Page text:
You are researching: PEDOT
Matching entries: 3 /3
All Groups
AUTHOR Da Silva, Aruã Clayton and Wang, Junzhi and Minev, Ivan Rusev
Title Electro-assisted printing of soft hydrogels via controlled electrochemical reactions [Abstract]
Year 2022
Journal/Proceedings Nature Communications
Reftype Da Silva2022
Hydrogels underpin many applications in tissue engineering, cell encapsulation, drug delivery and bioelectronics. Methods improving control over gelation mechanisms and patterning are still needed. Here we explore a less-known gelation approach relying on sequential electrochemical-chemical-chemical (ECC) reactions. An ionic species and/or molecule in solution is oxidised over a conductive surface at a specific electric potential. The oxidation generates an intermediate species that reacts with a macromolecule, forming a hydrogel at the electrode-electrolyte interface. We introduce potentiostatic control over this process, allowing the selection of gelation reactions and control of hydrogel growth rate. In chitosan and alginate systems, we demonstrate precipitation, covalent and ionic gelation mechanisms. The method can be applied in the polymerisation of hybrid systems consisting of more than one polymer. We demonstrate concomitant deposition of the conductive polymer Poly(3,4-ethylenedioxythiophene) (PEDOT) and alginate. Deposition of the hydrogels occurs in small droplets held between a conductive plate (working electrode, WE), a printing nozzle (counter electrode, CE) and a pseudoreference electrode (reference electrode, RE). We install this setup on a commercial 3D printer to demonstrate patterning of adherent hydrogels on gold and flexible ITO foils. Electro-assisted printing may contribute to the integration of well-defined hydrogels on hybrid electronic-hydrogel devices for bioelectronics applications.
AUTHOR Tondera, Christoph and Akbar, Teuku Fawzul and Thomas, Alvin Kuriakose and Lin, Weilin and Werner, Carsten and Busskamp, Volker and Zhang, Yixin and Minev, Ivan R.
Title Highly Conductive, Stretchable, and Cell-Adhesive Hydrogel by Nanoclay Doping [Abstract]
Year 2019
Journal/Proceedings Small
Abstract Electrically conductive materials that mimic physical and biological properties of tissues are urgently required for seamless brain–machine interfaces. Here, a multinetwork hydrogel combining electrical conductivity of 26 S m−1, stretchability of 800%, and tissue-like elastic modulus of 15 kPa with mimicry of the extracellular matrix is reported. Engineering this unique set of properties is enabled by a novel in-scaffold polymerization approach. Colloidal hydrogels of the nanoclay Laponite are employed as supports for the assembly of secondary polymer networks. Laponite dramatically increases the conductivity of in-scaffold polymerized poly(ethylene-3,4-diethoxy thiophene) in the absence of other dopants, while preserving excellent stretchability. The scaffold is coated with a layer containing adhesive peptide and polysaccharide dextran sulfate supporting the attachment, proliferation, and neuronal differentiation of human induced pluripotent stem cells directly on the surface of conductive hydrogels. Due to its compatibility with simple extrusion printing, this material promises to enable tissue-mimetic neurostimulating electrodes.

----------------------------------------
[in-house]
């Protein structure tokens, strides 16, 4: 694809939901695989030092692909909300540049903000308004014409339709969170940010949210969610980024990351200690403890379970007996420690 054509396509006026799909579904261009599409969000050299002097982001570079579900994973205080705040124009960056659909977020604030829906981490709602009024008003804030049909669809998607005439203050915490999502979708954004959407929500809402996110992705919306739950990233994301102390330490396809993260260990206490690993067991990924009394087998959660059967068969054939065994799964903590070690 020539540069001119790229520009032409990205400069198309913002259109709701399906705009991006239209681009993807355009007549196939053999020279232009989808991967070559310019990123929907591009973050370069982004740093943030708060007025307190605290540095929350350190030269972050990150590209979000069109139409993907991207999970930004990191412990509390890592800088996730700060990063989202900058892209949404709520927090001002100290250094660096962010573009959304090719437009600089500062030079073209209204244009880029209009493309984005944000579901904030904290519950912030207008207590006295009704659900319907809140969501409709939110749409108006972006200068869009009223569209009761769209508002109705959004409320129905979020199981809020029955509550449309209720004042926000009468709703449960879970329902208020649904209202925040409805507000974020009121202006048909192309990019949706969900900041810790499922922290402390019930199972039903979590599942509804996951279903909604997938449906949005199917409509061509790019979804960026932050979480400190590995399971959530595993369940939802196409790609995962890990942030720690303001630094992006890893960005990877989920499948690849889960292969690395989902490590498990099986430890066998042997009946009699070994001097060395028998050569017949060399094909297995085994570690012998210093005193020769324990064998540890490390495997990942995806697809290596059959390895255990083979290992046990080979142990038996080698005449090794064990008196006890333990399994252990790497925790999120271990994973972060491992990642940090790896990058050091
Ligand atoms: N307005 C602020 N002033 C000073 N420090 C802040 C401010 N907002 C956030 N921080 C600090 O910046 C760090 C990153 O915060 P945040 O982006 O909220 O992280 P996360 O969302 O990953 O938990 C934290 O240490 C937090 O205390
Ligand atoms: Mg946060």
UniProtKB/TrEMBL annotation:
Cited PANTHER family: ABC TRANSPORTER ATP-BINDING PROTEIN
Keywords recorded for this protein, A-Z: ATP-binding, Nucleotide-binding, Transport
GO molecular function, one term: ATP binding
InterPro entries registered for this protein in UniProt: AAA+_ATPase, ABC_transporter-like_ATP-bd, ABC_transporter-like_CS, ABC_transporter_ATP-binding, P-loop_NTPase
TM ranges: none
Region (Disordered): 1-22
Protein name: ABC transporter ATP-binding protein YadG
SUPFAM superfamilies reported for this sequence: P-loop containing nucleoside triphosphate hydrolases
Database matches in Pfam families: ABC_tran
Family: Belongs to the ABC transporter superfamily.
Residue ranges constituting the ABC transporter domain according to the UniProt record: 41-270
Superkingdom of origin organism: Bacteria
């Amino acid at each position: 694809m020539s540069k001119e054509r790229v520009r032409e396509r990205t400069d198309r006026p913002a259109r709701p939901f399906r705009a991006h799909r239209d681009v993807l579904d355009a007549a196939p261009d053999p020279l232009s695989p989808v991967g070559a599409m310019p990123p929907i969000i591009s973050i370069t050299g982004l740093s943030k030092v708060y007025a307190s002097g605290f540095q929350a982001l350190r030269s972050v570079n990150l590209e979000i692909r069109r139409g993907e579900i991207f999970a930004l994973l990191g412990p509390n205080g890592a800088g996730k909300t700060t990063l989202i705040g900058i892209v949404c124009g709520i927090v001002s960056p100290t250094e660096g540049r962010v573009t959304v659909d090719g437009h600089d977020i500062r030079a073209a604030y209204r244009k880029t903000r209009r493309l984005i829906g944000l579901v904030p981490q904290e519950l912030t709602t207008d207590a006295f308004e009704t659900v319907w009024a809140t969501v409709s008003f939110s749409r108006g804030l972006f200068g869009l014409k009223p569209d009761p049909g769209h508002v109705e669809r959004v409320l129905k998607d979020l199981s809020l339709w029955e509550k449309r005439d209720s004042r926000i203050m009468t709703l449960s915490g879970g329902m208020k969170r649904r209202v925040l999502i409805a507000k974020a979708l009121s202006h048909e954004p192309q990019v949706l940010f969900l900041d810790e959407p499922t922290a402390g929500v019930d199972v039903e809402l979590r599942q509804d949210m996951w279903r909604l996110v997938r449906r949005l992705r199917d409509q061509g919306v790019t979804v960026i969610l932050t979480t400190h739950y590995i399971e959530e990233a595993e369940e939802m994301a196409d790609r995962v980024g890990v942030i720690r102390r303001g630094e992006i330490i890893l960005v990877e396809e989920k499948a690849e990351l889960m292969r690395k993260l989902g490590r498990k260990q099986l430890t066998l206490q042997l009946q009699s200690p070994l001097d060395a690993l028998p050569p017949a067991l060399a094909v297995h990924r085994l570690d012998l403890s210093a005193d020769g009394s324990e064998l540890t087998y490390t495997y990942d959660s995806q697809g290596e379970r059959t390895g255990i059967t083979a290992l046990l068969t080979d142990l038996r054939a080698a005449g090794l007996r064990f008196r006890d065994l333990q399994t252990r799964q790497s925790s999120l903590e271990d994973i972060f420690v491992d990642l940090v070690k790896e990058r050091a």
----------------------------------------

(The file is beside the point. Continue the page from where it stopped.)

AUTHOR Fortunato, Gabriele Maria and Maria, Carmelo De and Eglin, David and Serra, Tiziano and Vozzi, Giovanni
Title An ink-jet printed electrical stimulation platform for muscle tissue regeneration [Abstract]
Year 2018
Journal/Proceedings Bioprinting
Conducting polymeric materials have been used to modulate response of cells seeded on their surfaces. However, there is still major improvement to be made related to their biocompatibility, conductivity, stability in biological milieu, and processability toward truly tissue engineered functional device. In this work, conductive polymer, poly(3,4-ethylene-dioxythiophene):polystyrene-sulfonate (PEDOT:PSS), and its possible applications in tissue engineering were explored. In particular PEDOT:PSS solution was inkjet printed onto a gelatin substrate for obtaining a conductive structure. Mechanical and electrical characterizations, structural stability by swelling and degradation tests were carried out on different PEDOT-based samples obtained by varying the number of printed PEDOT layers from 5 to 50 on gelatin substrate. Biocompatibility of substrates was investigated on C2C12 myoblasts, through metabolic activity assay and imaging analysis during a 7-days culture period, to assess cell morphology, differentiation and alignment. The results of this first part allowed to proceed with the second part of the study in which these substrates were used for the design of an electrical stimulation device, with the aim of providing the external stimulus (3 V amplitude square wave at 1 and 2 Hz frequency) to guide myotubes alignment and enhance differentiation, having in this way promising applications in the field of muscle tissue engineering.